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United States Department of Agriculture

Agricultural Research Service

Research Project: Functional Genomics Approaches for Controlling Diseases of Poultry

Location: Animal Biosciences and Biotechnology Laboratory

Title: Analysis of global transcriptional responses of chicken following primary and secondary Eimeria acervulina infections

Authors
item Kim, Chul
item Lillehoj, Hyun
item Hong, Yeong
item Keeler, Calvin
item Lillehoj, Erik

Submitted to: BioMed Central (BMC) Proceedings
Publication Type: Proceedings
Publication Acceptance Date: May 21, 2012
Publication Date: July 30, 2012
Citation: Kim CH, Lillehoj HS, Hong YH, Keeler CL Jr, Lillehoj EP. 2012. Analysis of global transcriptional responses of chicken following primary and secondary Eimeria acervulina infections. BMC Proc. 3; 5 Suppl 4, S12.

Interpretive Summary: The lack of basic understanding of the nature of host immune response which is involved in intestinal innate immune response to Eimeria hinders our ability to develop a logical disease prevention strategy against intestinal parasitic diseases. In this paper, ARS scientists used chicken intestinal microarray to carry out genome-wide expression analysis of intestinal genes which are associated with host innate immune response to Eimeria. Clear differences in host response to primary and secondary infections with Eimeria were noted following comprehensive gene ontology analysis. In general, primary infection significantly modulated the levels of mRNAs for genes involved in the metabolism of lipids and carbohydrates as well as those for innate immune-related genes. By contrast, secondary infection increased the levels of transcripts encoded by genes related to humoral immunity and reduced the levels of transcripts for the innate immune-related genes. Because the observed modulation in transcript levels for gene related to energy metabolism and immunity occurred concurrent with the clinical signs of coccidiosis, these results suggest that altered expression of a specific set of host genes induced by Eimeria infection may be responsible, in part, for the observed reduction in body weight gain and inflammatory gut damage that characterizes avian coccidiosis. These results illustrate the utility of the avian intestinal cDNA microarray for elucidating the complexity of host-pathogen interaction. These new information will provide valuable knowledge for developing novel strategies for disease control of intestinal protozoan infections. More importantly, the genes identified in this report represent novel targets for future genetic modification strategies to enhance disease resistance of broiler chickens.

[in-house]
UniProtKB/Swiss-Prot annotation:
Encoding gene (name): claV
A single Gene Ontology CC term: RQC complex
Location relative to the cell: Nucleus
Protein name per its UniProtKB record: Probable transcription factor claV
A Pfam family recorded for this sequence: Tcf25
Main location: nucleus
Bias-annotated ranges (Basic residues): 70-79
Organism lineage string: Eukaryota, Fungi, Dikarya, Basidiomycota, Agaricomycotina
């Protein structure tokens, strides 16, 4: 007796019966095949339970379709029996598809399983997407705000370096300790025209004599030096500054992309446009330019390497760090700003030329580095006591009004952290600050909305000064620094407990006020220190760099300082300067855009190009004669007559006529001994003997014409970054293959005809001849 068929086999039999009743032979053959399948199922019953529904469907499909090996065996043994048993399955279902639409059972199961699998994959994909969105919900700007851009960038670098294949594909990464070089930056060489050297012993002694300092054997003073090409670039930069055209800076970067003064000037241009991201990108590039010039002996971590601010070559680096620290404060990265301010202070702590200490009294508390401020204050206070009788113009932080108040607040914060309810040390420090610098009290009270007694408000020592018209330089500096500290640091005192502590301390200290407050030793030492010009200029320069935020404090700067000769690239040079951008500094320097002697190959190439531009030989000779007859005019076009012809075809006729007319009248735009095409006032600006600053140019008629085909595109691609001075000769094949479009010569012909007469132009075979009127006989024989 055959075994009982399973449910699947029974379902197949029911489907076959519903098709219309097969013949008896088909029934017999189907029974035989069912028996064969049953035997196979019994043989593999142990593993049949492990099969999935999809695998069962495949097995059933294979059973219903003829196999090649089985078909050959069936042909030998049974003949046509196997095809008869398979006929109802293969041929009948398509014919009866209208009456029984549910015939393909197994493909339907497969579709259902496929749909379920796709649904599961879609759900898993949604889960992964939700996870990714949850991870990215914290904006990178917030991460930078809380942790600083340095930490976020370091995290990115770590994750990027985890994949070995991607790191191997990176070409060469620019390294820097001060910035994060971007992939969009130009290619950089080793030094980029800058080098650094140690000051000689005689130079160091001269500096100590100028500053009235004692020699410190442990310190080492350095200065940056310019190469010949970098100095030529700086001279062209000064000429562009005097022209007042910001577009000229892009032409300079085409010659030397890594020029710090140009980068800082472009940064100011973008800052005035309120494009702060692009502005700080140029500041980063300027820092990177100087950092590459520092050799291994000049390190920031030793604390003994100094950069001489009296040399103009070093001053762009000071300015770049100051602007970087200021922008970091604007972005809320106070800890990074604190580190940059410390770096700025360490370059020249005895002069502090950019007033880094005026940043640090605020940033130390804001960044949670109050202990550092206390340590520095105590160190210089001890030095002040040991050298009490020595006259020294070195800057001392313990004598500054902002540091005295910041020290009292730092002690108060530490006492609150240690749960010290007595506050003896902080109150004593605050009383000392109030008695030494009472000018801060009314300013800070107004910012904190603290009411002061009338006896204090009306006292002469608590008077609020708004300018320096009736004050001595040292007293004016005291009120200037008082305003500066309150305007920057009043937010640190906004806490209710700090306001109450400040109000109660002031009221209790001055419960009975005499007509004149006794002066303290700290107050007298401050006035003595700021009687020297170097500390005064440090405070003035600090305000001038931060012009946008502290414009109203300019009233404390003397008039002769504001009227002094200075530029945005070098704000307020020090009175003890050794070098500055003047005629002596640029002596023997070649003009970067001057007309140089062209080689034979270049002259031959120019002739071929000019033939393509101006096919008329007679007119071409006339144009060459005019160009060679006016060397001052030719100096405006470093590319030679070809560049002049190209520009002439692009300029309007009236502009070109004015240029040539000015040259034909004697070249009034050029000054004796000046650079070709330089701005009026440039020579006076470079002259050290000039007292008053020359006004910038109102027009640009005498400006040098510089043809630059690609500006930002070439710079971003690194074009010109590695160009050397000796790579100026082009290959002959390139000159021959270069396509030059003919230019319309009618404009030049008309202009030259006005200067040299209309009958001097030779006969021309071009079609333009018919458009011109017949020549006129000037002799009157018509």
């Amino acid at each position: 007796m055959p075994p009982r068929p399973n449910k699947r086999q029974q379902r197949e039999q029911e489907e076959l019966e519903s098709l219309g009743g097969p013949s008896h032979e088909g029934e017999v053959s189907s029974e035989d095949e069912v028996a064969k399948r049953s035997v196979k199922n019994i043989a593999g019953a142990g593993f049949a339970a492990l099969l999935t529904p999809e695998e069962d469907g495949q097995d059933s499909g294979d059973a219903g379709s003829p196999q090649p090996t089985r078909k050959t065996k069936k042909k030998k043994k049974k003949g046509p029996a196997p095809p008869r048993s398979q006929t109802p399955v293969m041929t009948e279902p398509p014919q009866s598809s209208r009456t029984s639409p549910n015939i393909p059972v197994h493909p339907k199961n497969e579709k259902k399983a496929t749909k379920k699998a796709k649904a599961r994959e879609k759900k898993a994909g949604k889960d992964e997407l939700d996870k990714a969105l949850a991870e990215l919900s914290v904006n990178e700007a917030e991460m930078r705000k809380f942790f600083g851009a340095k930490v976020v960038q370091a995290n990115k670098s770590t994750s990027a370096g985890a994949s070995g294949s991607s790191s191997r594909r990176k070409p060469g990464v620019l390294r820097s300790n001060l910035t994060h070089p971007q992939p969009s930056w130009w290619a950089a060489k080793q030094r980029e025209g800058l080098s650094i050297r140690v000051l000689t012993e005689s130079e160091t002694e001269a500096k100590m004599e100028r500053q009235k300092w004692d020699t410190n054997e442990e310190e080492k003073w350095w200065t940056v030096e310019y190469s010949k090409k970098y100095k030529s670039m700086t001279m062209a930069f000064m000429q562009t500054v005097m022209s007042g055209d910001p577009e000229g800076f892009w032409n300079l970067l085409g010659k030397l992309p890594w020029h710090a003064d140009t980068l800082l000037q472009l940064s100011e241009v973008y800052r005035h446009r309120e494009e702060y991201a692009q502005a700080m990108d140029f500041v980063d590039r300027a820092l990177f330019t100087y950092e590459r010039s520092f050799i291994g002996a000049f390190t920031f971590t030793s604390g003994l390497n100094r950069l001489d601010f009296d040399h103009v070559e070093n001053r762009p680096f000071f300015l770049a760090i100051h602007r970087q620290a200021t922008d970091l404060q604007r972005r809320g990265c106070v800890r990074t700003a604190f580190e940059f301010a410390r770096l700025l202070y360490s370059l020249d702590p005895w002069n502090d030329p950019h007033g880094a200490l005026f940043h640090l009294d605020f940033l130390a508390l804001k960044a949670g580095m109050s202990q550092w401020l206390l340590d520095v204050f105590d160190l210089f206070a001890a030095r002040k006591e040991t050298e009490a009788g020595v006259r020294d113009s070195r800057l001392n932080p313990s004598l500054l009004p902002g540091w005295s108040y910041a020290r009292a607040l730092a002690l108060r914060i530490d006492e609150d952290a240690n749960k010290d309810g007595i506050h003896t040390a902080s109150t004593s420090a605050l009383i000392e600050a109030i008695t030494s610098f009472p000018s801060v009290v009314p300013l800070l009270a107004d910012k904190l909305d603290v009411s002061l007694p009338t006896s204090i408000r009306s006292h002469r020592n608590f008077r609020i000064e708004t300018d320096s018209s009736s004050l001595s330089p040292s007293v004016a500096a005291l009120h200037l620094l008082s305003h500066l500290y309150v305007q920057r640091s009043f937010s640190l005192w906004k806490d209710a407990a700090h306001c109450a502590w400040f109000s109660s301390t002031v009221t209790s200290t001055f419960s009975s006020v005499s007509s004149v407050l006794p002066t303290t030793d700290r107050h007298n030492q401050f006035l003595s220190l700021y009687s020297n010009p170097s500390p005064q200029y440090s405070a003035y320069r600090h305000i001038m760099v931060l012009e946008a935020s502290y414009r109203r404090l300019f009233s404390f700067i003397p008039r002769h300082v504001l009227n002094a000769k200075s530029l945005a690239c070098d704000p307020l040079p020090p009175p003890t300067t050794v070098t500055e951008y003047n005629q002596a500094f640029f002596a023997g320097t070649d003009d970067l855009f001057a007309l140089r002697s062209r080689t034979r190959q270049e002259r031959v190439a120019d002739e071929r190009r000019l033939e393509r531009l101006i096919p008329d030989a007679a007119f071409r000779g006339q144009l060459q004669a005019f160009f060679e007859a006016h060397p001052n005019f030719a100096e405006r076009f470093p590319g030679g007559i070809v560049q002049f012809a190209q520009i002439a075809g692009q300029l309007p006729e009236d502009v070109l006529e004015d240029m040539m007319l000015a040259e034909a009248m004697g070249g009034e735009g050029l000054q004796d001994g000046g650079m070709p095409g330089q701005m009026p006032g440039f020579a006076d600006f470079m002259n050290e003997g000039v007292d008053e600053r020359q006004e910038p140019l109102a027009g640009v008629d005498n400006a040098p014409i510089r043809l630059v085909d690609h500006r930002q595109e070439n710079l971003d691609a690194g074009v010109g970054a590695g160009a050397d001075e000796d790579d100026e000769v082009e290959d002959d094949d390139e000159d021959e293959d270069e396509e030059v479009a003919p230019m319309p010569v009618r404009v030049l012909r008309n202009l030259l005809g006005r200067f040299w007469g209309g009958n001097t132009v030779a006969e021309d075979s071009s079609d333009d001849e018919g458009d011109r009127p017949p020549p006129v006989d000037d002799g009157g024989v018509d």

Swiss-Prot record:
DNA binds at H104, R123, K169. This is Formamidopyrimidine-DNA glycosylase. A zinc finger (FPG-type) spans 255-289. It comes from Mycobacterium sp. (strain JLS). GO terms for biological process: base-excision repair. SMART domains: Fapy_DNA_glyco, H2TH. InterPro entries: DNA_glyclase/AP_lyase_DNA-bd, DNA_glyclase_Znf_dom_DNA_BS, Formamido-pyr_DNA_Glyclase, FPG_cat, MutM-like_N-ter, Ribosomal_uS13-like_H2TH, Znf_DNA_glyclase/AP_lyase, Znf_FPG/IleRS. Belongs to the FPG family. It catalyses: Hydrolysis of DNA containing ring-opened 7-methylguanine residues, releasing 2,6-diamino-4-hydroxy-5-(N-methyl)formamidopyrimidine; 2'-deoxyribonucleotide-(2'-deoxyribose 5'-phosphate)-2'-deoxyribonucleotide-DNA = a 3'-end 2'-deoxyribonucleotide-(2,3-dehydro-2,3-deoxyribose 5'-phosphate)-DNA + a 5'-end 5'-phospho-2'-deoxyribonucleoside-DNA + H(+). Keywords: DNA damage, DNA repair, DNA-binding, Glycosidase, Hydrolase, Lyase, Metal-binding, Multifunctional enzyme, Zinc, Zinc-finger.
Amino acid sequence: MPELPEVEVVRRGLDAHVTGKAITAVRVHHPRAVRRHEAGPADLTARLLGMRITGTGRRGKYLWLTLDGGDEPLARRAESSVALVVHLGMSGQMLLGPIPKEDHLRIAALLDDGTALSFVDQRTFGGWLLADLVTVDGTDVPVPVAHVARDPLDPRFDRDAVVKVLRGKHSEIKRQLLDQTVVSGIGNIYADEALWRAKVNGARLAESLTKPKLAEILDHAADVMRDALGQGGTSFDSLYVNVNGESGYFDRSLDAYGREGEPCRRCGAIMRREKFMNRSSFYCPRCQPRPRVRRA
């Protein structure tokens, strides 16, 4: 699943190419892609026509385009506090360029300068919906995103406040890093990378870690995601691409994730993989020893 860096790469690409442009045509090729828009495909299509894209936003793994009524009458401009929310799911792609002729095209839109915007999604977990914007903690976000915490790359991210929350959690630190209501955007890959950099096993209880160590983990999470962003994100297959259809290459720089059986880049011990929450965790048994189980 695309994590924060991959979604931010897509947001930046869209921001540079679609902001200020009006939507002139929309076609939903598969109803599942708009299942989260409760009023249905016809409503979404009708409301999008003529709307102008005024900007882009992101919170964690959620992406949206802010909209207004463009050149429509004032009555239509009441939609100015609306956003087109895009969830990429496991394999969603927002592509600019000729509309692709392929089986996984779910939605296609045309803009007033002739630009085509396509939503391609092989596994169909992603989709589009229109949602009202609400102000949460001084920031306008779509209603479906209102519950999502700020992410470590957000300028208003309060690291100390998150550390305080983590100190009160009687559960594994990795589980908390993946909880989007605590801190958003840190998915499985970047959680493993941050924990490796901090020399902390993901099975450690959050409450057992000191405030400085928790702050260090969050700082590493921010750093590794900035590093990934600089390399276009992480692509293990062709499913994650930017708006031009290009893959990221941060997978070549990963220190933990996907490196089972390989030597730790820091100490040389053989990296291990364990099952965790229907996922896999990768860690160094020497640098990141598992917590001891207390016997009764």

Technical Abstract: Characterization of host transcriptional responses during coccidia infections can provide new clues for the development of alternative disease control strategies against these complex protozoan pathogens. In the current study, we compared chicken duodenal transcriptome profiles following primary and secondary infections with Eimeria acervulina using a 9.6K avian intestinal intraepithelial lymphocyte cDNA microarray (AVIELA). Gene Ontology analysis showed that primary infection significantly modulated the levels of mRNAs for genes involved in the metabolism of lipids and carbohydrates as well as those for innate immune-related genes. By contrast, secondary infection increased the levels of transcripts encoded by genes related to humoral immunity and reduced the levels of transcripts for the innate immune-related genes. The observed modulation in transcript levels for gene related to energy metabolism and immunity occurred concurrent with the clinical signs of coccidiosis. Our results suggest that altered expression of a specific set of host genes induced by Eimeria infection may be responsible, in part, for the observed reduction in body weight gain and inflammatory gut damage that characterizes avian coccidiosis.

Last Modified: 12/21/2014
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